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The Hoyt St. Puck Remote: You Probably Want It

Originally published at: http://www.esk8.news/2018/12/14/the-hoyt-st-puck-remote-you-probably-want-it/

Hoyt St. Electric Skate, a new company based out of Portland, Oregon, recently started spitting quality products out of nowhere. From their lineup of completes (SKINN, DV8, and STARS, each $1,999.00) to their unique quick-swap battery system (3 to a set for $299, which is quite reasonable), everything has been over-engineered to the maximum. Most of the parts that they offer have cheaper alternatives that are reliable and readily available, however one in particular has been turning heads in the DIY world: the “Hoyt Puck Remote“.

Image credit to hoytskate.com

The Puck Remote

This initially awkward looking piece of technology packs more than the average remote, with a robust CNC’d bamboo shell, textured thumb-roller, and intuitive interface. 

It’s not everyday that you see a controller like this, so when representatives from Hoyt St. came down to San Francisco to show off their work, I had some friends chime in and report back. The verdict? Boards: great. Motors: great. Batteries: powerful. Remote? Get it now.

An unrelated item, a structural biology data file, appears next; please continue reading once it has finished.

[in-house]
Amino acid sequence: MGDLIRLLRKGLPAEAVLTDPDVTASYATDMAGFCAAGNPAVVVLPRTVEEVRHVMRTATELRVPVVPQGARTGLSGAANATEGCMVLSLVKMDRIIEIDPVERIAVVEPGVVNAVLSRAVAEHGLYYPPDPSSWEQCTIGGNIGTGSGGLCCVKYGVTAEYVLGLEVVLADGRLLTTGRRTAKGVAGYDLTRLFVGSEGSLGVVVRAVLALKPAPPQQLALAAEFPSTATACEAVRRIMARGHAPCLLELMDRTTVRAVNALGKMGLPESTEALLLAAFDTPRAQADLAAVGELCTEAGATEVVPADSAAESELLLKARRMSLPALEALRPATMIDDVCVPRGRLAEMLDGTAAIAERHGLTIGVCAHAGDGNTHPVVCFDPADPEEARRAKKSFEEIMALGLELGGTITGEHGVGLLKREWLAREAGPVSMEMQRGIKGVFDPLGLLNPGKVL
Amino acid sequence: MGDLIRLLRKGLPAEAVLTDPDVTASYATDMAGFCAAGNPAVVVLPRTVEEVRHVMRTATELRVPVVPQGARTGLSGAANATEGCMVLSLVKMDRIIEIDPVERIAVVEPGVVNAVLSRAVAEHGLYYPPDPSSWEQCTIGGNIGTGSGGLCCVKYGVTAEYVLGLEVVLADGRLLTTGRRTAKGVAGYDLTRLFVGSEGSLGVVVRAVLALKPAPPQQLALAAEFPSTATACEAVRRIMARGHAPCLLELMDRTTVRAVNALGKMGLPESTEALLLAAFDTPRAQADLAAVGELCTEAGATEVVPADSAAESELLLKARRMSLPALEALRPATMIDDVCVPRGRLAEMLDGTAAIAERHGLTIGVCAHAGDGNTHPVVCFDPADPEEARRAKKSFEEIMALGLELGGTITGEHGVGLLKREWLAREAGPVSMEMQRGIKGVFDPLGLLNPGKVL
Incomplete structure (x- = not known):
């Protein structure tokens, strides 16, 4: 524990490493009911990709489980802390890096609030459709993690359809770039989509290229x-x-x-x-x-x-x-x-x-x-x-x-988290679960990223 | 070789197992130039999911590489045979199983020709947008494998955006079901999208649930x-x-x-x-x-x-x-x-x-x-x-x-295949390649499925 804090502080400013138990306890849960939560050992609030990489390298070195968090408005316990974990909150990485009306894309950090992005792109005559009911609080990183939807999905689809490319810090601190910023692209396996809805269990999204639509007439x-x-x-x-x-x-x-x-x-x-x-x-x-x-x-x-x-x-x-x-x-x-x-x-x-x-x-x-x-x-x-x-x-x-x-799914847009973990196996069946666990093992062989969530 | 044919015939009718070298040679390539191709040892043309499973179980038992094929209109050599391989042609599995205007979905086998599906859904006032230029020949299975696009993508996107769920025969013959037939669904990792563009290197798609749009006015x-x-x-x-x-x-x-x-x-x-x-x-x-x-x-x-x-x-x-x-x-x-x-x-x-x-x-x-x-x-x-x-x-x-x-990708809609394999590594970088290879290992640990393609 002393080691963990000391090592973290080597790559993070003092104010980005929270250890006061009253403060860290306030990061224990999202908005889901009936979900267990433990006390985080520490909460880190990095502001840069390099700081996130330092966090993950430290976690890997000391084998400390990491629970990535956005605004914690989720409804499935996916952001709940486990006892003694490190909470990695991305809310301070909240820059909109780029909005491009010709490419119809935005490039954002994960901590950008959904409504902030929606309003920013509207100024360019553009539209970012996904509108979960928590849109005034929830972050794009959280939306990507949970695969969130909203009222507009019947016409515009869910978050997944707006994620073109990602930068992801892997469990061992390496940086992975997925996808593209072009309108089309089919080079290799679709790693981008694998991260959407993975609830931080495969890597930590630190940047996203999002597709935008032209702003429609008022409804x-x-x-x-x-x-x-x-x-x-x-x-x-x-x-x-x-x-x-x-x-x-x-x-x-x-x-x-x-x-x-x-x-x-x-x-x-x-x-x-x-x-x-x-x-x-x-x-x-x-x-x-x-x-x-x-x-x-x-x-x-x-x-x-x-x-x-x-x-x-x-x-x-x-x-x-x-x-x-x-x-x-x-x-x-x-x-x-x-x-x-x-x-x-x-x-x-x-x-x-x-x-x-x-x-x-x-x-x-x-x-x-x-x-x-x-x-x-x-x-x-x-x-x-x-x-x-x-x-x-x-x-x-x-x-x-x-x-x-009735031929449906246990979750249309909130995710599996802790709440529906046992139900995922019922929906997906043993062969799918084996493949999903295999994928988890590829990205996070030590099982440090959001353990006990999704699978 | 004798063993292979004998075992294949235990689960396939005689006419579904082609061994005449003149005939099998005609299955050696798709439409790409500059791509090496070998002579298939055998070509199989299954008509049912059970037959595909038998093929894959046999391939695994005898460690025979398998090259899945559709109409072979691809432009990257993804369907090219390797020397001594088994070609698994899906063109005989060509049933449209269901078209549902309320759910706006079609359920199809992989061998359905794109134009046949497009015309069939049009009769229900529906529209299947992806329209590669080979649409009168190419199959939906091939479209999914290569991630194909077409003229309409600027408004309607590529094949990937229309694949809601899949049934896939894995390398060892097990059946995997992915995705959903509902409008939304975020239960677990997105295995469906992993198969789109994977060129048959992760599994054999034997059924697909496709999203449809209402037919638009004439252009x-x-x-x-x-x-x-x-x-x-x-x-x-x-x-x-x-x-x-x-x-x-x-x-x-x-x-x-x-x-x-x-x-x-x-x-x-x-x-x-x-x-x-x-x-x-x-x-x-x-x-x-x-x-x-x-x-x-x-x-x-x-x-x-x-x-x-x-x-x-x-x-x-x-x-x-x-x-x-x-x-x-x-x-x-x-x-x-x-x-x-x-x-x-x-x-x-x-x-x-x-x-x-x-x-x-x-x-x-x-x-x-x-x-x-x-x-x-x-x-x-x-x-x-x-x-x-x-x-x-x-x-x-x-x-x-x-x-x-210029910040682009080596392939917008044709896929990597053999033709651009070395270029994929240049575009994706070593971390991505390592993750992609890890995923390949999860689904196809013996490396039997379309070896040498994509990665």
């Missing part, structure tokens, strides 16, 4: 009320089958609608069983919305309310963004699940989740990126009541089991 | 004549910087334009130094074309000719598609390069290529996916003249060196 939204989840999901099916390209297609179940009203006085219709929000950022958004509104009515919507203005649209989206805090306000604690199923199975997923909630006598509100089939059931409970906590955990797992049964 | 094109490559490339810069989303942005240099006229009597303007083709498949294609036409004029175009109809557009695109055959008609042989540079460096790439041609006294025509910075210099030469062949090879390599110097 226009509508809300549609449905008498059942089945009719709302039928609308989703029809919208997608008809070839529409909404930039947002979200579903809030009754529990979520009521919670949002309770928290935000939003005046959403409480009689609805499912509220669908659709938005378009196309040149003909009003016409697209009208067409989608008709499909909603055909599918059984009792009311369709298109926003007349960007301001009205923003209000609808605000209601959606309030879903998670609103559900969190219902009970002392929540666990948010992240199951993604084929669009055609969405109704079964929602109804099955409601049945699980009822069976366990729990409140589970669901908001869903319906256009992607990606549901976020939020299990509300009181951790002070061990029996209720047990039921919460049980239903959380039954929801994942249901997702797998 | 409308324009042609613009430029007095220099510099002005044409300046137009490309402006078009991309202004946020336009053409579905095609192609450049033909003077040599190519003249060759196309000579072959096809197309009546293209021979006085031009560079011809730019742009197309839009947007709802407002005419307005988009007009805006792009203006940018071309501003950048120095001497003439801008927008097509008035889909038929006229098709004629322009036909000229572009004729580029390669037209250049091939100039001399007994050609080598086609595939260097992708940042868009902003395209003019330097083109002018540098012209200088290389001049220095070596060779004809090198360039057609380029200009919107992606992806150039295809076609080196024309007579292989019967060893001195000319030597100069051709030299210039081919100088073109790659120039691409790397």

And I did. The builders forum had a group buy, and I hopped in (got my tag engraved as well – nice touch!). My order was placed on October 12, and the remote arrived on November 4. Not bad considering they had a lot of other orders ahead of mine. Communication was swift, and the group got word and pictures as remotes were completed and shipped.

So, what next? Testing. As soon as everything arrived at my doorstep I received an email with a setup video and an explanation that this was my assistance while Hoyt St. was still setting up their help page. Again, stellar communication. Five minute setup with the video was all it took, and the riding was ready to commence.

Feel of the Ride